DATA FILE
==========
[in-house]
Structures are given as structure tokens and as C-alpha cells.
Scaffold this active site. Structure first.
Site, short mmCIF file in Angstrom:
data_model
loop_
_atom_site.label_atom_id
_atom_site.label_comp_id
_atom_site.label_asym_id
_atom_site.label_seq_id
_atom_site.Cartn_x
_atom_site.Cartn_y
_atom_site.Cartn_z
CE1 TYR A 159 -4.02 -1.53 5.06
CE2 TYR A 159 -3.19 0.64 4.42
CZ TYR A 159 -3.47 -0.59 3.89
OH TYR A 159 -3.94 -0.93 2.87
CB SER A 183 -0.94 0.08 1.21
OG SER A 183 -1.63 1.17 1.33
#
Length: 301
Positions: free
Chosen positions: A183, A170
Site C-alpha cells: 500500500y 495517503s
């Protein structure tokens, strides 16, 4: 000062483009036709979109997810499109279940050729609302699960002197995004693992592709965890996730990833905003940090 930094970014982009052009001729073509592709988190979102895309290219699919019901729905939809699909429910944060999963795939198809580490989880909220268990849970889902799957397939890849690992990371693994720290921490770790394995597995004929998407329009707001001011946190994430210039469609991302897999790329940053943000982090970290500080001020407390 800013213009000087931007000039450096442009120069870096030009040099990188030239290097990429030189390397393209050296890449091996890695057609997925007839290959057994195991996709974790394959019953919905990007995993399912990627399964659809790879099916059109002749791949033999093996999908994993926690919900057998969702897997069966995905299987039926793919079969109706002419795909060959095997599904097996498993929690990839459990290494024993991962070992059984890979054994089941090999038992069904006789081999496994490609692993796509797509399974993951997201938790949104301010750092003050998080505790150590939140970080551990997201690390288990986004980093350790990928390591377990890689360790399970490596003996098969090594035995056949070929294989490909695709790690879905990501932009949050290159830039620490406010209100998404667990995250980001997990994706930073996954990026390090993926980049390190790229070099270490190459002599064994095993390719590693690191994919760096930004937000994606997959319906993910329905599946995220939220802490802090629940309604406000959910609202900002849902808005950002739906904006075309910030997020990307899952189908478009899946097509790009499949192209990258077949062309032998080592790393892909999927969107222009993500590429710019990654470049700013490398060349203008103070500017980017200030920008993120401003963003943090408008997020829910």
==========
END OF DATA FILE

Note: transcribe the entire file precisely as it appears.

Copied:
[in-house]
Structures are given as structure tokens and as C-alpha cells.
Scaffold this active site. Structure first.
Site, short mmCIF file in Angstrom:
data_model
loop_
_atom_site.label_atom_id
_atom_site.label_comp_id
_atom_site.label_asym_id
_atom_site.label_seq_id
_atom_site.Cartn_x
_atom_site.Cartn_y
_atom_site.Cartn_z
CE1 TYR A 159 -4.02 -1.53 5.06
CE2 TYR A 159 -3.19 0.64 4.42
CZ TYR A 159 -3.47 -0.59 3.89
OH TYR A 159 -3.94 -0.93 2.87
CB SER A 183 -0.94 0.08 1.21
OG SER A 183 -1.63 1.17 1.33
#
Length: 301
Positions: free
Chosen positions: A183, A170
Site C-alpha cells: 500500500y 495517503s
């Protein structure tokens, strides 16, 4: 000062483009036709979109997810499109279940050729609302699960002197995004693992592709965890996730990833905003940090 930094970014982009052009001729073509592709988190979102895309290219699919019901729905939809699909429910944060999963795939198809580490989880909220268990849970889902799957397939890849690992990371693994720290921490770790394995597995004929998407329009707001001011946190994430210039469609991302897999790329940053943000982090970290500080001020407390 800013213009000087931007000039450096442009120069870096030009040099990188030239290097990429030189390397393209050296890449091996890695057609997925007839290959057994195991996709974790394959019953919905990007995993399912990627399964659809790879099916059109002749791949033999093996999908994993926690919900057998969702897997069966995905299987039926793919079969109706002419795909060959095997599904097996498993929690990839459990290494024993991962070992059984890979054994089941090999038992069904006789081999496994490609692993796509797509399974993951997201938790949104301010750092003050998080505790150590939140970080551990997201690390288990986004980093350790990928390591377990890689360790399970490596003996098969090594035995056949070929294989490909695709790690879905990501932009949050290159830039620490406010209100998404667990995250980001997990994706930073996954990026390090993926980049390190790229070099270490190459002599064994095993390719590693690191994919760096930004937000994606997959319906993910329905599946995220939220802490802090629940309604406000959910609202900002849902808005950002739906904006075309910030997020990307899952189908478009899946097509790009499949192209990258077949062309032998080592790393892909999927969107222009993500590429710019990654470049700013490398060349203008103070500017980017200030920008993120401003963003943090408008997020829910």